Defining the University’s approach to compliance
This control procedure defines the University’s approach to compliance and directly supports the following policy statement from the Information Security Policy:
The design, operation, use and management of information systems must comply with all statutory, regulatory and contractual security requirements. Currently this includes the Data Protection Act, the payment card industry standard (PCI-DSS), the Government’s Prevent guidance and the university’s contractual commitments.
The university will use a combination of internal and external audit to demonstrate compliance against chosen standards and best practice, including against internal policies and procedures. This will include IT Health Checks, gap analyses against documented standards, internal checks on staff compliance, and returns from Information Asset Owners.
This procedure is intended to be read and understood by all users accessing University information in electronic or paper format, IT systems, networks or software using any University or personally owned device. It is of particular relevance to Information Asset Owners and Managers, and other managers who are responsible for staff or systems.
The University will use internal and external measures to conduct regular compliance checks against existing information security controls, procedures and guidance. These checks will provide valuable insight into the practical application of procedures, raise any training and awareness issues and identify areas for improvement. Recommendations for improvement will be made and any required changes in procedure or guidance will be implemented promptly.
Internal compliance checks will take place across the University to demonstrate levels of compliance against internal policies and procedures. The selection of compliance checks will vary, taking into account reported security incidents or near misses in order to drive a continuous improvement programme.
The Information Governance team will work with individual departments to conduct the compliance checks and provide recommendations to improve practice where appropriate. Good practice will be highlighted to evidence compliance.
Compliance checks will vary in nature but are likely to include a member of the Information Governance team sitting with teams to obtain an overview of team processes to determine information security practices. Alternatively, some teams may be asked to provide a written return in response to specific questions around their information governance behaviours. Other options include targeted checking of the application of policies and procedures, for example determining if documents have been classified and marked appropriately in line with the University’s Information Classification scheme.
Internal vulnerability scans will be run on a regular schedule by ISDS staff, the output being passed to the Information Security team and the appropriate technical staff for remediation.
The University will use external vulnerability assessments and penetration testing to supplement its internal capabilities. The University has a contract with a nominated provider, and will maintain this relationship to provide continuity in the support offered. Decisions to use external vulnerability assessments will be made and authorised by the Assistant Director of Information Security.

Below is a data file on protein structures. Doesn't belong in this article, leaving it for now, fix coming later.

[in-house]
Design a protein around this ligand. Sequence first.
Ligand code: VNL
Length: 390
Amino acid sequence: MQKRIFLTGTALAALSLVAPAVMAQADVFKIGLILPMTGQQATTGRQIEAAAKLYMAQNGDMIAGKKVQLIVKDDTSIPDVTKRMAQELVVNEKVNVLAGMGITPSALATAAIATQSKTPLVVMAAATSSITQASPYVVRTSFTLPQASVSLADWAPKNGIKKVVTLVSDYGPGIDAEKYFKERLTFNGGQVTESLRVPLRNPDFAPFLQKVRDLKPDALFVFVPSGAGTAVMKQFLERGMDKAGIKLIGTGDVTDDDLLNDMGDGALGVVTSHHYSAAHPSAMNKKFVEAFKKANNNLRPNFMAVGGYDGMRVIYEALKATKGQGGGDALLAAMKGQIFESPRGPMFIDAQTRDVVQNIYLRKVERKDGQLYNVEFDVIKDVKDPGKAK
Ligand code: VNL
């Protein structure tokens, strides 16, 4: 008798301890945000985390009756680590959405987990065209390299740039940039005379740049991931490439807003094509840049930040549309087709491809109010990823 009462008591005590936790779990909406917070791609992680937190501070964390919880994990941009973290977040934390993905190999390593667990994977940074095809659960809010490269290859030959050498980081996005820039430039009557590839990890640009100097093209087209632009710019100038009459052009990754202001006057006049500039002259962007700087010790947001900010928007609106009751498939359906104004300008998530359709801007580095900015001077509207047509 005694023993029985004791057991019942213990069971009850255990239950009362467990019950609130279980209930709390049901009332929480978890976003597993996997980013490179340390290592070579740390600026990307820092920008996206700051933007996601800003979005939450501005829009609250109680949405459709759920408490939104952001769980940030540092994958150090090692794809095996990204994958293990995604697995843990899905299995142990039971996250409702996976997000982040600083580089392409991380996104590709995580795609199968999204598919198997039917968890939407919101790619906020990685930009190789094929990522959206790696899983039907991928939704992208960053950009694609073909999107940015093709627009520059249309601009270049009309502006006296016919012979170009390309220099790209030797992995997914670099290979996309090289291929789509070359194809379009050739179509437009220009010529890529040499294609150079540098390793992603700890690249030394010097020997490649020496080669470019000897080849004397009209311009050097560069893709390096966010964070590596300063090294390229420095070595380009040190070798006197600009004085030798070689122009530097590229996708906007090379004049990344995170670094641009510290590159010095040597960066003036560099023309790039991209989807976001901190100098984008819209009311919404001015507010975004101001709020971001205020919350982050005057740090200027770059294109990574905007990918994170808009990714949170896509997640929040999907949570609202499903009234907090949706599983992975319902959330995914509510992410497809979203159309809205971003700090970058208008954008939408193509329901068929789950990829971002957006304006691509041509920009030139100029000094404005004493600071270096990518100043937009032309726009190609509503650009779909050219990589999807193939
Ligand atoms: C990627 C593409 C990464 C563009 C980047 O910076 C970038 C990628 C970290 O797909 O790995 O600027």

There is no defined schedule or scope for testing, but it is good practice to undergo annual penetration testing of at least key external-facing services, and to test new systems or significant changes to systems as required.
Consideration will be given to industry best practice when determining external vulnerability assessments including, but not limited to, Cyber Essentials certification and compliance with the Cloud Security Principles when implementing new systems.
All staff are expected to complete and pass mandatory data protection training on an annual basis. Compliance checks will take place at regular intervals throughout the year to ensure mandatory training is being completed. Compliance reporting will then be sent to the Information Asset Owners and the Information Governance Board to highlight any gaps in staff engagement and capability. Failure to successfully complete mandatory security training should be managed by local line managers taking into account the University’s Capability Procedure.
The Information Security team have overall responsibility for ensuring there are clear procedures and guidance for all staff explaining their information security responsibilities, and for conducting compliance checks to provide assurance to the Information Governance Board.
The Information Governance team will work with other departments across the University including Learning & Development to deliver an on-going training and awareness programme for all employees.
Information Asset Owners and Information Asset Managers have responsibility for identifying and managing information security risks in their business areas and promoting the use of compliance checks to improve practice and change behaviour.
Failure to comply with this procedure could result in action in line with the University’s Disciplinary Procedure or Capability Procedure.
Compliance checks will be undertaken by the University’s Information Governance functions. The results of compliance checks, their risk assessment and their remediation will be managed by the Information Governance Board.
This control procedure needs to be understood in the context of the other policies and procedures constituting the University’s Information Security Management System.
A review of this policy will be undertaken by the Information Security team annually or more frequently as required, and will be approved by the Information Governance Board.